Lesser toe deformity6 (14)39 (16)121 (29)71 (30)66 (53)6 (46)
Plantar soft tissue atrophy0 (0)11 (4)70 (17)95 (41)65 (52)9 (69)
Women, no.4635444429120530
Hallux valgus14 (30)113 (32)162 (36)127 (44)120 (59)16 (53)
Lesser toe deformity7 (15)55 (16)116 (26)128 (44)118 (58)20 (67)
Plantar soft tissue atrophy0 (0)21 (6)101 (23)145 (50)132 (64)16 (53)

Due to the small sample size in each of the age- and sex-specific strata seen in Table 1, we pooled individuals ages ≤60 years together and we also pooled individuals ages >70 years, so that we had similar sample sizes across the 3 age groups. The numbers of parent–offspring pairs, same-sex sibling pairs, and same-sex half-sibling pairs among our study participants within each sex- and age-specific stratum used in analyses are shown in Table 2. There were 248 parent–offspring pairs, 296 same-sex sibling pairs, and 5 same-sex half-sibling pairs. All 3 types of informative family relationships (parent–offspring, siblings, and half-siblings) were used to estimate the heritability. The total numbers of informative family relationship pairs were 134, 72, and 35 pairs for men in the age ≤60, 61–70, and ≥71 years groups, respectively, and 154, 84, and 70 pairs for women in the age ≤60, 61–70, and ≥71 years groups, respectively. The number of these informative family relationship pairs, especially the parent–offspring pairs, decreased in the older age groups, which affected the statistical power of the heritability estimation.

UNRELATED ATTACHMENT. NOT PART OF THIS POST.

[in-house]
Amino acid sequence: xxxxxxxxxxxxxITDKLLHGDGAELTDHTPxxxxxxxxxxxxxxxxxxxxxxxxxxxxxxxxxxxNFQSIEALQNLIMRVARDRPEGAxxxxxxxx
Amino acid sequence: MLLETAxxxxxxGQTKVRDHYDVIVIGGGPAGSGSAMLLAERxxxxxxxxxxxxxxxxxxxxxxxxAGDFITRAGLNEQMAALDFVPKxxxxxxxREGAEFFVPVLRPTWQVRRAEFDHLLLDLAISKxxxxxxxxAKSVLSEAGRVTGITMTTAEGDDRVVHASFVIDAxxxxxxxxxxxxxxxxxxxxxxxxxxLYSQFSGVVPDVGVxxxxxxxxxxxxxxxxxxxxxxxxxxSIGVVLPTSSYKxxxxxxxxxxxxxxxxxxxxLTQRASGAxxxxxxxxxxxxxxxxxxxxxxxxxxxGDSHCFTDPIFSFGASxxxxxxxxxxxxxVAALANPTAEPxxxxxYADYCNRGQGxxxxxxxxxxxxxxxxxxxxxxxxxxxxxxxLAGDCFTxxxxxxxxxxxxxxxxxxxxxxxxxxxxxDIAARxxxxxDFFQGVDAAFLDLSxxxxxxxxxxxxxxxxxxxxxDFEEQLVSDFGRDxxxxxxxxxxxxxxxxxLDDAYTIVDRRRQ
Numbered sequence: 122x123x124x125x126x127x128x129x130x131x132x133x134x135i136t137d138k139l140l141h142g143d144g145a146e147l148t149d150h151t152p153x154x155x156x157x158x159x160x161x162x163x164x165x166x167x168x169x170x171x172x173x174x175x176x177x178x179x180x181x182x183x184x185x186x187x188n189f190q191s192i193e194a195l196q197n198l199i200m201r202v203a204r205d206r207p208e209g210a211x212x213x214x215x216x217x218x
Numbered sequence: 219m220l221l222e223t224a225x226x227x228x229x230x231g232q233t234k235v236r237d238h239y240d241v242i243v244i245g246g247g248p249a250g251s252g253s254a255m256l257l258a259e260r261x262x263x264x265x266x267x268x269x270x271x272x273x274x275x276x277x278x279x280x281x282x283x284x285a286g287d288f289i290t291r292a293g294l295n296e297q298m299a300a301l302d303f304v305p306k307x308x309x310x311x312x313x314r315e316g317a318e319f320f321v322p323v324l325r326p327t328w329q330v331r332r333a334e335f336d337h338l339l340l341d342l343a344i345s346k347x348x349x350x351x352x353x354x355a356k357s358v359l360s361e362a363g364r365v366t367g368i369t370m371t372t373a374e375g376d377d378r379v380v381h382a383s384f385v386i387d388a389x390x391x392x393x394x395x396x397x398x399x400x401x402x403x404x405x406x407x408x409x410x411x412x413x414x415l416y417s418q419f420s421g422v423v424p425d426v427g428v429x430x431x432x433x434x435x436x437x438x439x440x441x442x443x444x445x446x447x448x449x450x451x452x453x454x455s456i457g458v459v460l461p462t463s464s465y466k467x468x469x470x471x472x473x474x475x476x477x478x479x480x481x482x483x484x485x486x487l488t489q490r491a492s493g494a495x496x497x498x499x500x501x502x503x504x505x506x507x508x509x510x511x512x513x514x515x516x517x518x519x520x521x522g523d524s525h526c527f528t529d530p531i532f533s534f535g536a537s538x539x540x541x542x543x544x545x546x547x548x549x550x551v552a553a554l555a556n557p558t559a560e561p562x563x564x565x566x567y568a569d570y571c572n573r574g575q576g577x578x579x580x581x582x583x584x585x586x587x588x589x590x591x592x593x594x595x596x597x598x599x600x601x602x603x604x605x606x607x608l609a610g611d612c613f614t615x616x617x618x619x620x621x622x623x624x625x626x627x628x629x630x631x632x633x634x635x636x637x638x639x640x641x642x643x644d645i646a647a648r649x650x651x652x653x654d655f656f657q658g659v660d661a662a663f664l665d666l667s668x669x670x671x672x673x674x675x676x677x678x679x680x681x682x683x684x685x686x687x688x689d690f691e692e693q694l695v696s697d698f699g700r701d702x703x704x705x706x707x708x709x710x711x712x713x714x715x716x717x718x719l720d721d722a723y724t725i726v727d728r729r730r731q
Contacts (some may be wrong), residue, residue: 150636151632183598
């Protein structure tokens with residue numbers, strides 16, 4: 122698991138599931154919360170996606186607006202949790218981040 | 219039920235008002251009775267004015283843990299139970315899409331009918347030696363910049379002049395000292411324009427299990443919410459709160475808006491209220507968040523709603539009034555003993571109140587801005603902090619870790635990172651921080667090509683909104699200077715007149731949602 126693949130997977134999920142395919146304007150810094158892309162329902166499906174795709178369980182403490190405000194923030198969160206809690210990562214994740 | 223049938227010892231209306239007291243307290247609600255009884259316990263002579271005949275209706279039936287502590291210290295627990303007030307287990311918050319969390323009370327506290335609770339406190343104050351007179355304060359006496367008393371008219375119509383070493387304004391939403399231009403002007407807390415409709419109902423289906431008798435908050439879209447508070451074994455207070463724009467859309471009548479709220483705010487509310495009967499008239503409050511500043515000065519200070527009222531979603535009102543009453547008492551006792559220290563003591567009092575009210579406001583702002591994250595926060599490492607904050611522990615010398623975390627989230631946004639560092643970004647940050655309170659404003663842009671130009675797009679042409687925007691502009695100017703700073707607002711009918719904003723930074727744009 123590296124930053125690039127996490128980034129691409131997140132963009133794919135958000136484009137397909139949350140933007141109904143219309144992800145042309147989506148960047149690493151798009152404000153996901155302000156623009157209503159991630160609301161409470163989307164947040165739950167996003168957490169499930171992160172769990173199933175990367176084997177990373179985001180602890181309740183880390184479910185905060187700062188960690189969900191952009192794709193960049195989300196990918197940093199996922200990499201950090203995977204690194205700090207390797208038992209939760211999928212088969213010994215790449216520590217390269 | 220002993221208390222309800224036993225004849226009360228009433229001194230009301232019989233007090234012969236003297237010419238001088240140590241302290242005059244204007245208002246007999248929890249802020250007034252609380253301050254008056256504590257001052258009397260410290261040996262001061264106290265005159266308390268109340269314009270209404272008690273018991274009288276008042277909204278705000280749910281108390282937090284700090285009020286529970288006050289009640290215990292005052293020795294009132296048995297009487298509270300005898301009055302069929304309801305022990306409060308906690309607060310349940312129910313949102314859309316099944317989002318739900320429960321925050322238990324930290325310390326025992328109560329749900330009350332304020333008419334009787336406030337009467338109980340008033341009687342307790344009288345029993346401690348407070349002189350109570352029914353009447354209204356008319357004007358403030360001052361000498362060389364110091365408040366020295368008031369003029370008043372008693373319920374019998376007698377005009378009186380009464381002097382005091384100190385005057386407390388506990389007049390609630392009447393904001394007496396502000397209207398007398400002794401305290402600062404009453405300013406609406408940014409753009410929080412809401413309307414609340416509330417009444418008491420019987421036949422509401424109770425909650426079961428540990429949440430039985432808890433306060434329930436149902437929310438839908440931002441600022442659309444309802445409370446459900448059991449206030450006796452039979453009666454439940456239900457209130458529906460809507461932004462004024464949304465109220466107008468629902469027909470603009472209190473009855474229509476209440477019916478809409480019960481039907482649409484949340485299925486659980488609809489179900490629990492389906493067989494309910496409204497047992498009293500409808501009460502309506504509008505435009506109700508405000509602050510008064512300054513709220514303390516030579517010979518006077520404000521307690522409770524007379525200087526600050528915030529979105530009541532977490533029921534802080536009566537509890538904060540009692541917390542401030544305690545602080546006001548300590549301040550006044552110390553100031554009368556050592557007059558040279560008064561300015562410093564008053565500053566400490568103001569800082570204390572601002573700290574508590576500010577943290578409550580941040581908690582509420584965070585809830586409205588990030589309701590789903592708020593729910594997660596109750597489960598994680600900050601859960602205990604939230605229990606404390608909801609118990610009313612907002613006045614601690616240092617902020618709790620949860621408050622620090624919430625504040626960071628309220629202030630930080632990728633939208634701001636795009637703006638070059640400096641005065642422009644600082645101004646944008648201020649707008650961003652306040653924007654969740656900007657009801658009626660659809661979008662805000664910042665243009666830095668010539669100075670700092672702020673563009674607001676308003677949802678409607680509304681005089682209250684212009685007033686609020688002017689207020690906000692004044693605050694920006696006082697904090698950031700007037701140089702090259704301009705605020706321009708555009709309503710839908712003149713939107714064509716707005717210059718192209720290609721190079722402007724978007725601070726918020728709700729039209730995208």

Table 2. Number of informative family relationship pairs in Framingham Foot Study participants
 MenWomen
Age 39–60 yearsAge 61–70 yearsAge 71–100 yearsAge 39–60 yearsAge 61–70 yearsAge 71–100 yearsTotal
Parent–offspring7736388422248
Same-sex siblings543632664167296
Same-sex half-siblings3000115
All13472351548470549